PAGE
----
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The third largest city in the United States straddles the line between a hardscrabble, work obsessed city of neighborhoods and a flashy mecca for art, architecture, theater and food. It’s a beautiful city with a skyline that dazzles all who behold it. It’s also home to a huge LGBTQ population disinterested in coastal drama and sky-high rental markets. Heading to the City of Big Shoulders? Here are 10 things you probably don’t know about this great gay metropolis.

RELATED: 3 perfect days in Chicago

Flickr CC: Ryan

  1. Those rainbow ringed bronze phalluses lining North Halsted Street? They were erected (pun intended) in 1998 to officially designate Boystown as an LGBTQ ‘hood, making Chicago the first U.S. city to formally recognize a queer space. Today those rainbow pylons pay tribute to LGBTQ icons via biographical placards which earn the city the honor of being the world’s only outdoor museum walk.
Chicago Pride Parade, Cyon Flare, LGBTQ, gay

Chicago Pride Parade | Flickr CC by Dustin P. Smith

  1. Got Pride? Chicagoans have it, too. The Chicago Pride Parade attracts nearly one million visitors annually to the Boystown neighborhood on the last Sunday in June. It’s gotten so popular that parade officials have had to extend the route while blocking off nearby Belmont Avenue to traffic. Meanwhile, street fair Pridefest happens one week before the parade, turning the last ten days of June into a nonstop celebration.
Mayor Daley

Gay and Lesbian Hall of Fame inductee Mayor Daley | Flickr CC by Chris Eaves

  1. In 1991, Chicago became the first U.S. city to create a municipally funded hall of fame honoring the LGBTQ community. Now under the auspices of the Friends of the Gay and Lesbian Hall of Fame, its inductees include former mayor Richard M. Daley, Transparent actor Alexandra Billings, Jane Addams and many others. We’d like to thank our agent…
  1. Every spring the Chicago History Museum hosts a long-running lecture series called “OUT at the CHM” which explores the city’s vast and diverse LGBTQ history. Past events have examined everything from the impact the city’s gay bars have had on shaping the city’s queer identity to the role of President Nixon as as an accidental gay rights icon (Say, what?).
  1. When queer folks huddled in Los Angeles in the early ‘50s to form the Mattachine Society, they were actually 30 years late to the gay rights game. In 1924, Chicagoan Henry Gerber formed the nation’s first homophile organization, the Society for Human Rights. Gerber/Hart, the largest queer library in the Midwest, was named in his honor.

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Andersonville, Chicago, LGBTQ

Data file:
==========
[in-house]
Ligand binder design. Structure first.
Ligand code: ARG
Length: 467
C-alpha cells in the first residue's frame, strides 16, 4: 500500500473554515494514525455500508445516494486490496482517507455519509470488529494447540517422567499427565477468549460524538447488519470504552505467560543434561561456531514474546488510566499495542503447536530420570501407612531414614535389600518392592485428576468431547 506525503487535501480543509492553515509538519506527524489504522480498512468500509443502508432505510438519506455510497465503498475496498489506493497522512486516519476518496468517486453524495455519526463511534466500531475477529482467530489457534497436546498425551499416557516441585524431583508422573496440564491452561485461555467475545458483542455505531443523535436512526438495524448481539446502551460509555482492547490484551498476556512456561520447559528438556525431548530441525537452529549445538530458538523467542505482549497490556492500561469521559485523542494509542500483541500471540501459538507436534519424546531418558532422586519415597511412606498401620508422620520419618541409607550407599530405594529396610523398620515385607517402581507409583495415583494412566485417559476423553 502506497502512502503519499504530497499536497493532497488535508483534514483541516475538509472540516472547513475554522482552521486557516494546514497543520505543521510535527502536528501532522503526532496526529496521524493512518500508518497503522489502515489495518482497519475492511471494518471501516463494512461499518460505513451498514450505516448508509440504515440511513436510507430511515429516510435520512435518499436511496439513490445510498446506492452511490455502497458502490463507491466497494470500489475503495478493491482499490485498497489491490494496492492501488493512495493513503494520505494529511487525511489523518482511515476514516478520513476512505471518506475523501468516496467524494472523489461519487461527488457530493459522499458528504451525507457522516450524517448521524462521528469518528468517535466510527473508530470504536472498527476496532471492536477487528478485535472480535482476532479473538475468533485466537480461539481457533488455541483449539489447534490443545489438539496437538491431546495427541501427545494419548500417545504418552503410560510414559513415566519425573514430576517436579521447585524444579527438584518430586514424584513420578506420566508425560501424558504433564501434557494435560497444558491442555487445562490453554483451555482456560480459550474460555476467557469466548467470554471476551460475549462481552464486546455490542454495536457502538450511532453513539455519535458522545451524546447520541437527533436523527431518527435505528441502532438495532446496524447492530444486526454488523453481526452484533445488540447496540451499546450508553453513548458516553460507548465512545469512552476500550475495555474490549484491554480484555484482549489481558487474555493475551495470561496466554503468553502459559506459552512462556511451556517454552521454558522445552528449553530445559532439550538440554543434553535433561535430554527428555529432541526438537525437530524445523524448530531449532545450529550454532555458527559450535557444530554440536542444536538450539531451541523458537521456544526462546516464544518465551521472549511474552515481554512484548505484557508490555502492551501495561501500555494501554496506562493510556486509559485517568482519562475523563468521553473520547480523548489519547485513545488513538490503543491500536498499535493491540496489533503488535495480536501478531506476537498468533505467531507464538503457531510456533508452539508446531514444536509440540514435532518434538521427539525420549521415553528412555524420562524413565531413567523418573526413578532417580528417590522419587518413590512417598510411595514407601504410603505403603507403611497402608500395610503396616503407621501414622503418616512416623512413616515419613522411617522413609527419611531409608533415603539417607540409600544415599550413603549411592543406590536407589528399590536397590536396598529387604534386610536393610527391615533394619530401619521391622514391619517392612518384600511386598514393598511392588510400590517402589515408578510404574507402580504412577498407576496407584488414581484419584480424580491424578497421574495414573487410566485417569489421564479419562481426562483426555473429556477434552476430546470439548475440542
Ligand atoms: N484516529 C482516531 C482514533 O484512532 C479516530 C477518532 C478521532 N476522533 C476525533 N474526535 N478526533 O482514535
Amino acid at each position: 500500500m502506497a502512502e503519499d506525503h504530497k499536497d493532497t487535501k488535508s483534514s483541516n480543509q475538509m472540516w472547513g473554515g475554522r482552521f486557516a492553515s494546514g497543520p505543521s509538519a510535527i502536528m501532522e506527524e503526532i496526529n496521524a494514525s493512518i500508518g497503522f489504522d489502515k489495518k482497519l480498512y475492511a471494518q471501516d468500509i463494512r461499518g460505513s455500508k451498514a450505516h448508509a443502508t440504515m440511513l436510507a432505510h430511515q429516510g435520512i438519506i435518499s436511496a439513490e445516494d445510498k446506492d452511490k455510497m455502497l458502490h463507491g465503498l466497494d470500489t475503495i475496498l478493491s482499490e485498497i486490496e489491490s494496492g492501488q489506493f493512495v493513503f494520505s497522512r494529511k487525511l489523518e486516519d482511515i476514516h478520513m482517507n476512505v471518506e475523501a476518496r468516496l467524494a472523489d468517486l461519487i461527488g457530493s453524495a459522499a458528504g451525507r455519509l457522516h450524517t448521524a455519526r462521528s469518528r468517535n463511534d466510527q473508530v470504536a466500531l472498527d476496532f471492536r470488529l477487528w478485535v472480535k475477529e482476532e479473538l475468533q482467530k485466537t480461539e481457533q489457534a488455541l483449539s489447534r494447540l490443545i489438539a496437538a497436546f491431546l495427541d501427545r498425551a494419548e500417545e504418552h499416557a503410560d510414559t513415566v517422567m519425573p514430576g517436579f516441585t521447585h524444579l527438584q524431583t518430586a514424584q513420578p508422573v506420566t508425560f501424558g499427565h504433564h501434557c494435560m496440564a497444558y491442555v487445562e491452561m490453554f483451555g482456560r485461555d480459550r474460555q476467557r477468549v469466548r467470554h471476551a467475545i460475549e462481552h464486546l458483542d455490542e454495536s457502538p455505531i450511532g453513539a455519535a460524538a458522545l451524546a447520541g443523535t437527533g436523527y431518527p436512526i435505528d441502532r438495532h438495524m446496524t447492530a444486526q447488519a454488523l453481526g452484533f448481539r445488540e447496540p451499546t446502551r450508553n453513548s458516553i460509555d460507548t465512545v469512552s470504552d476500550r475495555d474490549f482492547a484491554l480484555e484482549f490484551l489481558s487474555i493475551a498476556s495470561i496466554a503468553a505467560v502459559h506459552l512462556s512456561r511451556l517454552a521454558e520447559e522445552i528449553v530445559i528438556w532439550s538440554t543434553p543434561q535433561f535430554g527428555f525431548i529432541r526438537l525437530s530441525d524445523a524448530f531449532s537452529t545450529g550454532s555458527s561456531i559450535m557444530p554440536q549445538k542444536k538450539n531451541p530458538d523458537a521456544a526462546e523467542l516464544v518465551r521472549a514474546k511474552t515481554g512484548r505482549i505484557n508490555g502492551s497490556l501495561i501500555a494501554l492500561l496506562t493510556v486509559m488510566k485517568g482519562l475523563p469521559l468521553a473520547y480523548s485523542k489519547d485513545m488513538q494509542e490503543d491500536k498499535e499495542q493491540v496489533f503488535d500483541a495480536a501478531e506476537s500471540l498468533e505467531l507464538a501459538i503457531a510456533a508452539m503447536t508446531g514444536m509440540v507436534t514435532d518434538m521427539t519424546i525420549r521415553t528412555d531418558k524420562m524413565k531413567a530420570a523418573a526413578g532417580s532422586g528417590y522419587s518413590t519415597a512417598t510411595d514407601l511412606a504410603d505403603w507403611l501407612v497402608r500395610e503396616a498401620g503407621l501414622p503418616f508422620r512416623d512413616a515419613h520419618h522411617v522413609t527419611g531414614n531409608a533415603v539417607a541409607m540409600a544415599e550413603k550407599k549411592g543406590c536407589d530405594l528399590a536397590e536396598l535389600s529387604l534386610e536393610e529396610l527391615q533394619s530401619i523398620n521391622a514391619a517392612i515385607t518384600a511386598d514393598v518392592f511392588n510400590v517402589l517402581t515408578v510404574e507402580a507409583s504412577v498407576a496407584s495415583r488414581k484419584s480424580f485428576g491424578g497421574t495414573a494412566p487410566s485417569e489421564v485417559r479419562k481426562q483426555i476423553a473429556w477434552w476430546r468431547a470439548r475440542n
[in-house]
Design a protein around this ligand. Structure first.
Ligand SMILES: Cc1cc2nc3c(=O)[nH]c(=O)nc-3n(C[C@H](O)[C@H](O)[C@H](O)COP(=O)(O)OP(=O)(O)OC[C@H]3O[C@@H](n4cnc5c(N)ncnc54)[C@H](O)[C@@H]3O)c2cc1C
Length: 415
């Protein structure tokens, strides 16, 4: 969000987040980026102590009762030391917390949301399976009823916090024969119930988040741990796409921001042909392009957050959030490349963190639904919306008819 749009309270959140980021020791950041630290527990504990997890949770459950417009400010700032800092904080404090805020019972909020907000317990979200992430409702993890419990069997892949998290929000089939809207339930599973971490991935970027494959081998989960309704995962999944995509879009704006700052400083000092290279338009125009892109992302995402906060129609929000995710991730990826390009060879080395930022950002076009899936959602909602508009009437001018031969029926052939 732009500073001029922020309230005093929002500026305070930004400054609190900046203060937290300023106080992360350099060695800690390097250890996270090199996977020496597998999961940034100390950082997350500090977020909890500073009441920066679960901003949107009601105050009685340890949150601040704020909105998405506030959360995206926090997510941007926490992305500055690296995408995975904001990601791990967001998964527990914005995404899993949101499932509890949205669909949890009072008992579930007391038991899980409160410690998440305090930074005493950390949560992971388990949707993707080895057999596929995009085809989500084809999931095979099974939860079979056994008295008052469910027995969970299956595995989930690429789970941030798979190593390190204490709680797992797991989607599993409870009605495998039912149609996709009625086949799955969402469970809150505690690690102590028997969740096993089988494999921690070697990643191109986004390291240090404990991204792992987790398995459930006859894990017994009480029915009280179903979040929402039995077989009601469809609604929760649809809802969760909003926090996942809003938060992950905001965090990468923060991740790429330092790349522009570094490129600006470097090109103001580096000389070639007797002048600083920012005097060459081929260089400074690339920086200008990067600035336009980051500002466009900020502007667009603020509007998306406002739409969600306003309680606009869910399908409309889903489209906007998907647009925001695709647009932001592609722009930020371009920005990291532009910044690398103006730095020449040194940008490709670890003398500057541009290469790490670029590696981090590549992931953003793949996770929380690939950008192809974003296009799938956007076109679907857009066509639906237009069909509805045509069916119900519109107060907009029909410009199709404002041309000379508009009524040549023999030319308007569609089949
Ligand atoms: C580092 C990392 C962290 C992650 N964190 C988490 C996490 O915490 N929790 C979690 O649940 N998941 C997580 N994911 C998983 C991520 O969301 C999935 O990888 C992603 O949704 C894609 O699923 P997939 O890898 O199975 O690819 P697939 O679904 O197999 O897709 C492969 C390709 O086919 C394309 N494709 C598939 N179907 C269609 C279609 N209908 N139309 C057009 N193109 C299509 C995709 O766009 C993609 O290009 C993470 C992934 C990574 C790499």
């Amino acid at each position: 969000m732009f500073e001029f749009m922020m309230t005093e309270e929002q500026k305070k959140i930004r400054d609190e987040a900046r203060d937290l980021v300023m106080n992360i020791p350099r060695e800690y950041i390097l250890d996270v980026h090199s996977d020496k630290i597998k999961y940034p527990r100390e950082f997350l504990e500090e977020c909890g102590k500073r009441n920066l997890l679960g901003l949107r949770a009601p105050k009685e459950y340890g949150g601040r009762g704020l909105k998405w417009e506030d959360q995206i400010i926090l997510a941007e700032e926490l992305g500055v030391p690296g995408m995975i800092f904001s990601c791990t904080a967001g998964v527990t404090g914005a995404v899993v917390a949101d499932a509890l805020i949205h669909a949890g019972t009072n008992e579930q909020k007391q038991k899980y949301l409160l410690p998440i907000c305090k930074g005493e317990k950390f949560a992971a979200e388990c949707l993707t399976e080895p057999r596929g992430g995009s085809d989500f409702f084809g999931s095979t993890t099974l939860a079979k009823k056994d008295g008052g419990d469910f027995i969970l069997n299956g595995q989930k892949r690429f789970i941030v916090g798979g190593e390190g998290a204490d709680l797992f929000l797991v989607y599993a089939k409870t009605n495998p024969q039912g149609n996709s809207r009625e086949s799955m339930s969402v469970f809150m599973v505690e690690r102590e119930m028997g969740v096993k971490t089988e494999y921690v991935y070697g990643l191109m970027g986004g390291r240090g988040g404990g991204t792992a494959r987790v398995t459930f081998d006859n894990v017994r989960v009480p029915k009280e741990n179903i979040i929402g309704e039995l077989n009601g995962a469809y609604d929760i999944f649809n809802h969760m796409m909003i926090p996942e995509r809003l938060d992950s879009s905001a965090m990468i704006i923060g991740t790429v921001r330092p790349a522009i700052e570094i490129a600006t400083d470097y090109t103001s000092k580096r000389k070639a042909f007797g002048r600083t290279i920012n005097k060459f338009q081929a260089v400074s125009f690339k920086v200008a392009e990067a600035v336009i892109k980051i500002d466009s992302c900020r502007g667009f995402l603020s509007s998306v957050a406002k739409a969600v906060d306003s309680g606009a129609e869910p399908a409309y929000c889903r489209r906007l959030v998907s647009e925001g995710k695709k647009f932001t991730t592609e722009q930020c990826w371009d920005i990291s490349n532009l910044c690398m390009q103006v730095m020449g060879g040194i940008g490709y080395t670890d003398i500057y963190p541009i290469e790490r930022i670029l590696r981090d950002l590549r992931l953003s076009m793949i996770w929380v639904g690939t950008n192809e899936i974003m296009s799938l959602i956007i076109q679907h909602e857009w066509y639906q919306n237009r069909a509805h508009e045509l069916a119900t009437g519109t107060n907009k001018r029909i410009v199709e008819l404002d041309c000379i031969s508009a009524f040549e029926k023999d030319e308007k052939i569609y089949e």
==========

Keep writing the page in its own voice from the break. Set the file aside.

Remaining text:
Andersonville | Flickr CC by Charles Carper

  1. Once referred to as “Girlstown,” adorable North Side nabe Andersonville was a one-time lesbian mecca that today is considered the city’s second queer ‘hood. Historians trace its Sapphic roots to the arrival of Women and Children First, a still-thriving indie feminist bookstore whose name inspired the oft-parodied version in sketch show Portlandia.
Hollywood Beach, gay, LGBTQ, Chicago

Hollywood Beach | Photo by Jason Heidemann

  1. Chicago likes to think of itself as the Third Coast, a nickname that is well deserved. The city is home to 28 miles of coastline, including an 18-mile lakefront trail and 24 beaches. For decades, queers sunned themselves at Belmont Rocks, but now they squeeze themselves into their tiny Speedos and hit up lovely Hollywood Beach in Edgewater.
  1. Long before RuPaul told contestants to “Sashay away,” there was the Baton Lounge which opened in 1969. The longest running drag show of its kind in the country (according to its website), the club is a bona fide city fixture that these days is a bachelorette fave, but over the years has also attracted the likes of Joan Crawford, Madonna, Kirk Douglas and yes, RuPaul.
  1. Want to see some kinky boots? Head up to the city’s Rogers Park ‘hood and check out the Leather Archives and Museum, the first formally organized museum in the world devoted to the collection, display and preservation of materials relating to the leather fetish and kink community. What might you see there? We can’t really say in print.

Little Jim’s | Flickr CC by Elvert Barnes

  1. Have a drink (or two, or three) at the oldest queer bar in Chicago. The current title holder is Little Jim’s, a corner taproom that opened in 1975 in what is now called Boystown. Slow to gentrify, the neighborhood was once considered so unsafe that, according to legend, patrons in the early ’80s would take cabs between Little Jim’s and nearby bar Sidetrack (a mere two blocks away).

Featured image, Flickr CC: nathanmac87

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Tagged: Midwest

Jason Heidemann

Jason Heidemann

Jason is an associate editor at Orbitz, a social media marketing consultant and a freelance cultural reporter for numerous publications. His works has been featured in the Huffington Post, Time Out, Passport, the Chicago Tribune, Chicago Magazine and many others.

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